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The JFSC is asking businesses with Connections to the CAYMAN ISLANDS to provide their supervisor with their proposed plan of action and timescales for completion by the end of March.

As of February, the CAYMAN ISLANDS has been 'grey listed' by the Financial Action Task Force ('FATF'), citing weaknesses in the islands' AML/CFT regime, particularly in the areas of fines and enforcement actions.

FATF defines countries on their grey list as representing higher risk of money laundering and terrorism financing but who have formally committed to working with the FATF to develop action plans that will address their AML/CFT deficiencies.

However, firms should not ignore MAURITIUS – like THE CAYMAN, MAURITIUS is also on the same list.

On 21st February 2020, the Financial Action Task Force's (FATF) included MAURITIUS on its Jurisdictions under Increased Monitoring'.

In response, the JFSC has classified both islands as a 'HIGH-ER RISK' country,

And the addition to the above JFSC Appendix D2 will automatically fall into scope for ENHANCED DUE DILIGENCE.

Guernsey has not included CAYMAN on its list as of 5th March – Mauritius is listed

As a trigger event, regulated businesses should perform an IMPACT ASSESSMENT for any likely implications or actions necessary as a result.

Specifically, regulators will require that businesses with connections to the Islands provide their supervisor with their proposed plan of action and timescales to complete any needed remediation.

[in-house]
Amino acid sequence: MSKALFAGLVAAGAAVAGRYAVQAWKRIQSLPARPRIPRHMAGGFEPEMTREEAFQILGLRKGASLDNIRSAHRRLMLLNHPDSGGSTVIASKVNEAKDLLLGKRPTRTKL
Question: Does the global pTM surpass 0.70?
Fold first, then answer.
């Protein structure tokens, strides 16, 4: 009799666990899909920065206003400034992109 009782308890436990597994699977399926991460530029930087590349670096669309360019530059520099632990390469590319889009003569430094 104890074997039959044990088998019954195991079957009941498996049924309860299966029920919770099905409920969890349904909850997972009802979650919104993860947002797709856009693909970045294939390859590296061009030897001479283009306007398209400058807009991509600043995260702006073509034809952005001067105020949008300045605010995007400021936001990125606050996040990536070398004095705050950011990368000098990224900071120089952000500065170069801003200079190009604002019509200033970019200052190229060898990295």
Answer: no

As a result, we would expect regulated businesses to:

  1. Formally document their impact assessment across their book of clients - even if the conclusion is that there is no exposure to:
  2. Update as necessary their AML/CFT business risk assessment and relevant policies and procedures, including controls on business acceptance and ongoing monitoring;
  3. Identify existing customers with connections to MAURITIUS AND THE CAYMAN ISLANDS;
    • Including customer's source of funds and/or source of wealth as well as associated parties, incoming and outgoing funds;
  4. Apply enhanced measures and update customer risk assessment as necessary;
  5. Consider existing introducers/reliance arrangements on obliged persons from
  6. Consider refreshing and/or rolling out AML/CTF training to their relevant staff to reflect these new provisions.

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